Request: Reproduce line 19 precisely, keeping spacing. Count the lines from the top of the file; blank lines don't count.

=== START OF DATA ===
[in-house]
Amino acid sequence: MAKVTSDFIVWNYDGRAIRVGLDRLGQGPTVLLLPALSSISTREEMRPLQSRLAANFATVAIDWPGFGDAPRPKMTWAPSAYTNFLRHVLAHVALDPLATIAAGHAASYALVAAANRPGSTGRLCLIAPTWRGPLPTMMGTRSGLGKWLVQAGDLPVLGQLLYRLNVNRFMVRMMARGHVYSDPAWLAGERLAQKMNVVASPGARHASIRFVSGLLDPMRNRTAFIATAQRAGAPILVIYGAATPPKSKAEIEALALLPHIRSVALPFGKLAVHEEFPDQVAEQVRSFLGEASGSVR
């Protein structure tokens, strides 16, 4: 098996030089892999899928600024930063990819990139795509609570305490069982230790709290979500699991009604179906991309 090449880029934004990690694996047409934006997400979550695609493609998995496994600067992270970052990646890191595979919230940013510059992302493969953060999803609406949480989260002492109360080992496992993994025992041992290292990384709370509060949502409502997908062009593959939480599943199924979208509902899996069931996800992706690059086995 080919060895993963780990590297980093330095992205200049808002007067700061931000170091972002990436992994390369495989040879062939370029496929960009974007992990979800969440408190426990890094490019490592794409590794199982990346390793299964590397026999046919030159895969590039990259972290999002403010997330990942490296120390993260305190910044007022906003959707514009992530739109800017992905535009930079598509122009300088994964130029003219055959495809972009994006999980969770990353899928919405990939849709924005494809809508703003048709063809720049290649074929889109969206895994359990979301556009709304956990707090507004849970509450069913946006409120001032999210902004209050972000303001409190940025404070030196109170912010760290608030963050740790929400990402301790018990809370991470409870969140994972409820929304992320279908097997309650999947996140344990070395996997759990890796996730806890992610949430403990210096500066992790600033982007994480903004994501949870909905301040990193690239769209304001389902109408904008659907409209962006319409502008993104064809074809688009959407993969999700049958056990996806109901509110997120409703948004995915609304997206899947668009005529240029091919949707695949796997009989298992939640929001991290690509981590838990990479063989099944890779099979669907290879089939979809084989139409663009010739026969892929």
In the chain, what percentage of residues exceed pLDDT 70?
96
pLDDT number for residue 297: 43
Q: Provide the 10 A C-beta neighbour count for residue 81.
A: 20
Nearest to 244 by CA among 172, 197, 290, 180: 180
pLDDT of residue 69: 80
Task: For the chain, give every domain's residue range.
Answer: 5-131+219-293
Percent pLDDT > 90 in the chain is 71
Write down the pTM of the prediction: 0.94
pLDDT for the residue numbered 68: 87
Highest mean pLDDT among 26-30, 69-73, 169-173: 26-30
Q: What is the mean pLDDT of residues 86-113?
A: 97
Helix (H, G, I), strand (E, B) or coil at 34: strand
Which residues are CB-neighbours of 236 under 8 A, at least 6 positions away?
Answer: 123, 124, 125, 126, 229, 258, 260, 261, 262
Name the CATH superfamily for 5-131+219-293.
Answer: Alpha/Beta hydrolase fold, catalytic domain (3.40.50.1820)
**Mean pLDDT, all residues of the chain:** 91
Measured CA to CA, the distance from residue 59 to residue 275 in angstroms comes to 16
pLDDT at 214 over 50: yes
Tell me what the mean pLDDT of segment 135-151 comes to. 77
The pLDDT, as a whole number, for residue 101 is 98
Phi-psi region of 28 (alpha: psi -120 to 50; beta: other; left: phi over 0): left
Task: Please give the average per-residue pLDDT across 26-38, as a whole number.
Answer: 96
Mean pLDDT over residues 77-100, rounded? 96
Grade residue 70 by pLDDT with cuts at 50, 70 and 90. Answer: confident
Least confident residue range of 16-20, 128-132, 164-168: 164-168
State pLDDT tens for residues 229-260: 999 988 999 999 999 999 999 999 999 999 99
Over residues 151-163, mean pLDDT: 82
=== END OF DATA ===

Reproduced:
Helix (H, G, I), strand (E, B) or coil at 34: strand